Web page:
Untrodden Ground: How Presidents Interpret The Constitution

Paperback | November 23, 2016

byHarold H. Bruff

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When Thomas Jefferson struck a deal for the Louisiana Purchase in 1803, he knew he was adding a new national power to those specified in the Constitution, but he also believed his actions were in the nation’s best interest. His successors would follow his example, setting their own constitutional precedents. Tracing the evolution and expansion of the president’s formal power, Untrodden Ground reveals the president to be the nation’s most important law interpreter and examines how our commanders-in-chief have shaped the law through their responses to important issues of their time.
           
Reviewing the processes taken by all forty-four presidents to form new legal precedents and the constitutional conventions that have developed as a result, Harold H. Bruff shows that the president is both more and less powerful than many suppose. He explores how presidents have been guided by both their predecessors’ and their own interpretations of constitutional text, as well as how they implement policies in ways that statutes do not clearly authorize or forbid. But while executive power has expanded far beyond its original conception, Bruff argues that the modern presidency is appropriately limited by the national political process—their actions are legitimized by the assent of Congress and the American people or rejected through debilitating public outcry, judicial invalidation, reactive legislation, or impeachment. Synthesizing over two hundred years of presidential activity and conflict, this timely book casts new light on executive behavior and the American constitutional system.

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When Thomas Jefferson struck a deal for the Louisiana Purchase in 1803, he knew he was adding a new national power to those specified in the Constitution, but he also believed his actions were in the nation’s best interest. His successors would follow his example, setting their own constitutional precedents. Tracing the evolution and e...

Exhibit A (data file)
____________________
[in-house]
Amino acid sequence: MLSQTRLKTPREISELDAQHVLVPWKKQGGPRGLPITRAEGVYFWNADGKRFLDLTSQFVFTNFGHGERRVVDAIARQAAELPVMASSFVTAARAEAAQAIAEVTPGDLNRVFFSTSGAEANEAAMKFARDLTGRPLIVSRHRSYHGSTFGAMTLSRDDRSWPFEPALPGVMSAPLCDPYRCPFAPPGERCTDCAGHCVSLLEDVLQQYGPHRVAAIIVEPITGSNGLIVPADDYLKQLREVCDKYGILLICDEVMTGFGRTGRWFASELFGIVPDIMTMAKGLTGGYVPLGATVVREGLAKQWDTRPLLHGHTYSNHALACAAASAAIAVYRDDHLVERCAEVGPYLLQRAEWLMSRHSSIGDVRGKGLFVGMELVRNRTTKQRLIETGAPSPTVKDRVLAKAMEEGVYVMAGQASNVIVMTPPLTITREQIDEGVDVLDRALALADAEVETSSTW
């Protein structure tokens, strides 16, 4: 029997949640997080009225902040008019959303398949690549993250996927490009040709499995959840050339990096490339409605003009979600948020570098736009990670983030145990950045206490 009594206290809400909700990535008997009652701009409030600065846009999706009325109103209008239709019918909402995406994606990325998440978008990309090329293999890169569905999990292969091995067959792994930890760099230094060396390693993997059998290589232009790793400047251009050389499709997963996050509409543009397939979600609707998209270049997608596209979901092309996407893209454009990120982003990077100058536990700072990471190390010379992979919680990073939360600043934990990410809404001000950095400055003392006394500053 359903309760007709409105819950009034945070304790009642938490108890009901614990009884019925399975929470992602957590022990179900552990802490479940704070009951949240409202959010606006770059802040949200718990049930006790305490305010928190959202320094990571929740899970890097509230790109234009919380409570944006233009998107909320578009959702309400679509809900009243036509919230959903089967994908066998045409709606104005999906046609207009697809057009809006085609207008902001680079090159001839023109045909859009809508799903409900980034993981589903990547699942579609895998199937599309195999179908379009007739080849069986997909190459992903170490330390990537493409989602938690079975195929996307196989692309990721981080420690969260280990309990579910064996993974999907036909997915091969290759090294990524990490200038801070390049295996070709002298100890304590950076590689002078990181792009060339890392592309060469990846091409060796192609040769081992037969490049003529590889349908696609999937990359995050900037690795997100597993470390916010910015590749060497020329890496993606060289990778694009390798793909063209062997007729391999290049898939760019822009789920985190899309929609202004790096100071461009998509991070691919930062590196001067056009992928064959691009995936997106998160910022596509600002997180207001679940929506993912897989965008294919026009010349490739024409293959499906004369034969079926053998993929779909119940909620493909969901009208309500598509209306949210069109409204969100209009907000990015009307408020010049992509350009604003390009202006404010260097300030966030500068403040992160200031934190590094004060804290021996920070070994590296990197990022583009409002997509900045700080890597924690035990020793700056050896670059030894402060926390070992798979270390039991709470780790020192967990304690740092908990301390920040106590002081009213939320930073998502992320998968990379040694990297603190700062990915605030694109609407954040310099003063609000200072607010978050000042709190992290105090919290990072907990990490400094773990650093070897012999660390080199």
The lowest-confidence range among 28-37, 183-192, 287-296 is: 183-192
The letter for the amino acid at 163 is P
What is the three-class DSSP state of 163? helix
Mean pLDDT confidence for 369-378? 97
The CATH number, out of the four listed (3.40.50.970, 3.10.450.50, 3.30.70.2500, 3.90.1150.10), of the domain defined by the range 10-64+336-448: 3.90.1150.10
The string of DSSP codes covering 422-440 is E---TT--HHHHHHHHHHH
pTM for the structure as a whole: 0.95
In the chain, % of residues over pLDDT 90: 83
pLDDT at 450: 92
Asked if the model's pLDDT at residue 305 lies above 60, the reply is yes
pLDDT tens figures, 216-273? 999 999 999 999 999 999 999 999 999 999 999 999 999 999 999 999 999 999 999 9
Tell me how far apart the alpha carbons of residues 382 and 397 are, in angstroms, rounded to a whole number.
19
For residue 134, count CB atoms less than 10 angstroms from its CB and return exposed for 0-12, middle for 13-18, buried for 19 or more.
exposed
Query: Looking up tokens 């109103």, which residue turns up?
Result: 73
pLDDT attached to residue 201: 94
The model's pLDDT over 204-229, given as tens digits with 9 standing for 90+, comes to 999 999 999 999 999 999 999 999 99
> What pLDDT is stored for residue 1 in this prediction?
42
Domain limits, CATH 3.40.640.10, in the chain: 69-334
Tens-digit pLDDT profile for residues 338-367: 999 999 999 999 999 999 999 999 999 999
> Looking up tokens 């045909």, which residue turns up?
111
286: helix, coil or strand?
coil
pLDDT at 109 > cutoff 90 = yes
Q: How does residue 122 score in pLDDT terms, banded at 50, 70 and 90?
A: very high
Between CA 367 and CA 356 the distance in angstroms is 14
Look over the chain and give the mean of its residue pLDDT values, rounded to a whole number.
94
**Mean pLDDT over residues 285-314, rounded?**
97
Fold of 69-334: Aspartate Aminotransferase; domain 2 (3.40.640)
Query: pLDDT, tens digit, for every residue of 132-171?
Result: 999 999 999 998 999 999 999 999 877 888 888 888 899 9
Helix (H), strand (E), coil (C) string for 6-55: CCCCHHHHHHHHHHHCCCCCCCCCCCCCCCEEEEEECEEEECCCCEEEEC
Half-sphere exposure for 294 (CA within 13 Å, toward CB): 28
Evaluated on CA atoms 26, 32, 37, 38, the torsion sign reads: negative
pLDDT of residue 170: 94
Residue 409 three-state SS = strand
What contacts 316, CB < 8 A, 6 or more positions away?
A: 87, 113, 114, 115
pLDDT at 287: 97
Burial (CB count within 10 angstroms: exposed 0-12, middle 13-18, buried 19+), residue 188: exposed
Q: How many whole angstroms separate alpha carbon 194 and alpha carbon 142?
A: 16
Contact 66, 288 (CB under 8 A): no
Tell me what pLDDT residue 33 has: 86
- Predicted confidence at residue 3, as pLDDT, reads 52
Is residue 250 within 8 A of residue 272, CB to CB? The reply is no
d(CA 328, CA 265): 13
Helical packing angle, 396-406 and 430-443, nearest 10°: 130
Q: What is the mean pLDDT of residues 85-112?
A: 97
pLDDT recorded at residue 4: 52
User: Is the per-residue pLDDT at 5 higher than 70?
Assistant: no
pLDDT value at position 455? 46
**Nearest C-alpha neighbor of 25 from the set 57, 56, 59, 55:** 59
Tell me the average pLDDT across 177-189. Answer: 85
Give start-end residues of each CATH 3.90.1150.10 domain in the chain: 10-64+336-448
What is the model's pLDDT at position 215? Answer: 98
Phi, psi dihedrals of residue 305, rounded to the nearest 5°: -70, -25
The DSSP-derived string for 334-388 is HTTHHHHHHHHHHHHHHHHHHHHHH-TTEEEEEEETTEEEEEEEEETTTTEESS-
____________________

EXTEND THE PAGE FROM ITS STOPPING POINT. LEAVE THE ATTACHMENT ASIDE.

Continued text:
Harold H. Bruff is the Rosenbaum Professor of Law at the University of Colorado Law School. He is the author, most recently, of Bad Advice: Bush’s Lawyers in the War on Terror.
Format:PaperbackDimensions:550 pages, 9 × 6 × 1.6 inPublished:November 23, 2016Publisher:University Of Chicago PressLanguage:English

The following ISBNs are associated with this title:

ISBN - 10:022641826X

ISBN - 13:9780226418261

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Table of Contents

Introduction: Only a Necessity

Part I. Durable Consequences

Chapter 1. Responsibility: The Constitution
Chapter 2. Summoned by My Country: Washington and Adam
Chapter 3. The Fugitive Occurrence: Jefferson and Madison

Part II. A New Nation

Chapter 4. Independent of Both: Jackson, Tyler, and Polk
Chapter 5. A Rough Time of It: Lincoln
Chapter 6. Unmindful of the High Duties: Andrew Johnson

Part III. Steward of the People

Chapter 7. Facing the Lions: McKinley, Theodore Roosevelt, and Wilson
Chapter 8. What Must Be Done: Franklin Roosevelt

Part IV. One Single Man

Chapter 9. Going to Hell: Truman and Eisenhower
Chapter 10. Bear Any Burden: Kennedy and Lyndon Johnson
Chapter 11. Not Illegal: Nixon, Ford, and Carter

Part V. A New Era

Chapter 12. First a Dream: Reagan
Chapter 13. The Vision Thing: George H. W. Bush and Clinton

Part VI. Deciders

Chapter 14. No Equivocation: George W. Bush
Chapter 15. The Last Mile: Obama

Conclusion: The Stream of History

Notes
Index

Editorial Reviews

“This study offers a perceptive, deeply researched, and thoughtful analysis of how presidents interpret the Constitution. Bruff builds on his prior service with the Justice Department, decades of teaching at law school, and impressive scholarship over the years. The writing is crisp, clear, coherent, and develops each topic systematically.”